Intuitionism, rejecting such formalism, holds that words and formulas have significance only as a reflection of activity in the mind. Thus a theorem has meaning only if it represents a mental construction of a mathematical or logical entity. Kurt Gödel, in the 1930s, brought forth his "incompleteness theorem," which demonstrates that an infinitude of propositions that are underivable from the axioms of a system nevertheless have the value of true within the system. Neither these Gödel Propositions, as they are called, nor their negations are provable. One implication for the modern logician is that Aristotle's law of the excluded middle (either A or not A) is neither so simple nor so self-evident as it once seemed.
Non sequitur (Latin for "it does not follow."), in formal logic, is an argument where its conclusion does not follow from its premises. In a non sequitur, the conclusion can be either true or false, but the argument is a fallacy because the conclusion does not follow from the premise. All formal fallacies are special cases of non sequitur. The term has special applicability in law, having a formal legal definition. Many types of known non sequitur argument forms have been classified into many different types of logical fallacies.
The term is often used in everyday speech and reasoning to describe a statement in which premise and conclusion are totally unrelated but which is used as if they were. An example might be: "If I buy this cell phone, all people will love me." However, there is no actual relation between buying a cell phone and the love of all people. This kind of reasoning is often used in Advertising to trigger an emotional purchase.
Other examples include:
The fallacy of the undistributed middle is a logical fallacy that is committed when the middle term in a categorical syllogism isn't distributed. It is thus a syllogistic fallacy. More specifically it is also a form of non sequitur.
The fallacy of the undistributed middle takes the following form:
It may or may not be the case that "all Zs are Bs," but in either case it is irrelevant to the conclusion. What is relevant to the conclusion is whether it is true that "all Bs are Zs," which is ignored in the argument.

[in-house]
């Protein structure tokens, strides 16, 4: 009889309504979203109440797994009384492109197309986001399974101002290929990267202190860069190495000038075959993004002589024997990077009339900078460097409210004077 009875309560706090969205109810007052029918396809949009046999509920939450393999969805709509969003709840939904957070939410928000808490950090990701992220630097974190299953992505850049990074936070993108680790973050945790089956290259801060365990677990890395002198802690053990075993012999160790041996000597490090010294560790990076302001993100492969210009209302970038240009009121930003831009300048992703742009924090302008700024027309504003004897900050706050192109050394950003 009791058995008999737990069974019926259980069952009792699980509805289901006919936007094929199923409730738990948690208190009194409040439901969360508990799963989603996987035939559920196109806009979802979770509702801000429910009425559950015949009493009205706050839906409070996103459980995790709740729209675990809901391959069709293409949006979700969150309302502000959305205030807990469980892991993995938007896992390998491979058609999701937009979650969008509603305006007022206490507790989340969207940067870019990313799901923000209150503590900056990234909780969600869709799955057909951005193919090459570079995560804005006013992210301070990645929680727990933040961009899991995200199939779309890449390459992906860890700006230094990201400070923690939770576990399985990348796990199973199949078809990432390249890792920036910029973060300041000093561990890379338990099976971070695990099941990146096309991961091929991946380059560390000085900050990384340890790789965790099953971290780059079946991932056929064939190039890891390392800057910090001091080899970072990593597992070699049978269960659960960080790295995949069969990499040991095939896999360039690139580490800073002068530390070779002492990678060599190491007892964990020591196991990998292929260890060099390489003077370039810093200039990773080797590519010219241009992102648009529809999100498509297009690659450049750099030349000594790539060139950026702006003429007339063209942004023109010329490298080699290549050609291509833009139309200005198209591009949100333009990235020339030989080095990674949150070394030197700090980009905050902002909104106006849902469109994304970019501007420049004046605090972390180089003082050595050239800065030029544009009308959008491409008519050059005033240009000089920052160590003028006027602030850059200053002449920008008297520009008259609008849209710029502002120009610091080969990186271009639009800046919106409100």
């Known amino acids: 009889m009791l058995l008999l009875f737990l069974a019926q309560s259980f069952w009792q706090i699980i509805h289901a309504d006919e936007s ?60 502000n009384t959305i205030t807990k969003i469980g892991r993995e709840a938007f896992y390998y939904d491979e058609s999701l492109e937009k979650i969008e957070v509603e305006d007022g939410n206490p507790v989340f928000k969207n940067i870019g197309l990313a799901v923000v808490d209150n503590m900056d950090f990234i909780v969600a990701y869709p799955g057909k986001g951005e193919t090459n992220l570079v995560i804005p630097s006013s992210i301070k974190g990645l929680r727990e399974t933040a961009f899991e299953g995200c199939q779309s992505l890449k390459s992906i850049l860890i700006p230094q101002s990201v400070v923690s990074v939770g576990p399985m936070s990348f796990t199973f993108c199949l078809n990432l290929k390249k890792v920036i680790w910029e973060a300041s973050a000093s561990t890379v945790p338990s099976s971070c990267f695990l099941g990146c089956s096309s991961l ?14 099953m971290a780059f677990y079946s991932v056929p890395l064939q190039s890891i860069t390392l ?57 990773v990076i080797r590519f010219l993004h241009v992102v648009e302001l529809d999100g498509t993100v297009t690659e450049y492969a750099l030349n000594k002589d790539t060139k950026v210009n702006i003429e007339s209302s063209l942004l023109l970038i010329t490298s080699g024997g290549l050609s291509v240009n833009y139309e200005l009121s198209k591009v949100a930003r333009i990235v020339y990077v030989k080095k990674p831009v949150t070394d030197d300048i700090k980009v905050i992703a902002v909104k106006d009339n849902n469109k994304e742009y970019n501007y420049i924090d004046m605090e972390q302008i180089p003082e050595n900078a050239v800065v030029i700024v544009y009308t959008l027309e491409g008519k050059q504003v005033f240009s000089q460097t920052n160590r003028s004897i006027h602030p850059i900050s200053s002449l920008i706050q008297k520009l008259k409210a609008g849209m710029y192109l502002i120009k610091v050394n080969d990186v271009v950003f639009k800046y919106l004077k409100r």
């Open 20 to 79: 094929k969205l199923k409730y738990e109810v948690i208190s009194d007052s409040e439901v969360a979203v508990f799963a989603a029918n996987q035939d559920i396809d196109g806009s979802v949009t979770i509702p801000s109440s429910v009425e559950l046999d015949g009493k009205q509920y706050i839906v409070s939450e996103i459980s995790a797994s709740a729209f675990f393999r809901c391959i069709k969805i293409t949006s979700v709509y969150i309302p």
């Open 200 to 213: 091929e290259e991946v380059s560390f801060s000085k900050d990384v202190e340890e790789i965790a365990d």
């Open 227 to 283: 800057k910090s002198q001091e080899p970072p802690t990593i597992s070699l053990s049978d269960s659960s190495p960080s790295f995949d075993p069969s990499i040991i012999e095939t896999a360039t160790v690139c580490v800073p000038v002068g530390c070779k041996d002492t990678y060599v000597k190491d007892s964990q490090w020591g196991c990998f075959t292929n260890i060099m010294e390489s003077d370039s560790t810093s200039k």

Note that if the terms were swapped around in either the conclusion or the first co-premise or if the first premise was rewritten to "All Zs can only be Bs" then it would no longer be a fallacy although it could still be unsound. This also goes for the following two logical fallacies which are similar in nature to the fallacy of the undistributed middle and also non sequiturs.
An example can be given as follows:
Any argument that takes the following form is a non sequitur
Even if the premises and conclusion are all true, the conclusion is not a necessary consequence of the premises. This sort of non sequitur is also called affirming the consequent.
An example of affirming the consequent would be:
"I" could be another type of mammal without being a human. While the conclusion may be true, it does not follow from the premises. This argument is still a fallacy even if the conclusion is true. It is a non sequitur.
Another common non sequitur is this:
While the conclusion can indeed be false, this cannot be linked to the premise since the statement is a non sequitur. This is called denying the antecedent.
An example of denying the antecedent would be:
Whether or not the speaker is in Japan cannot be derived from the premise. He could either be outside Japan or anywhere in Japan except Tokyo.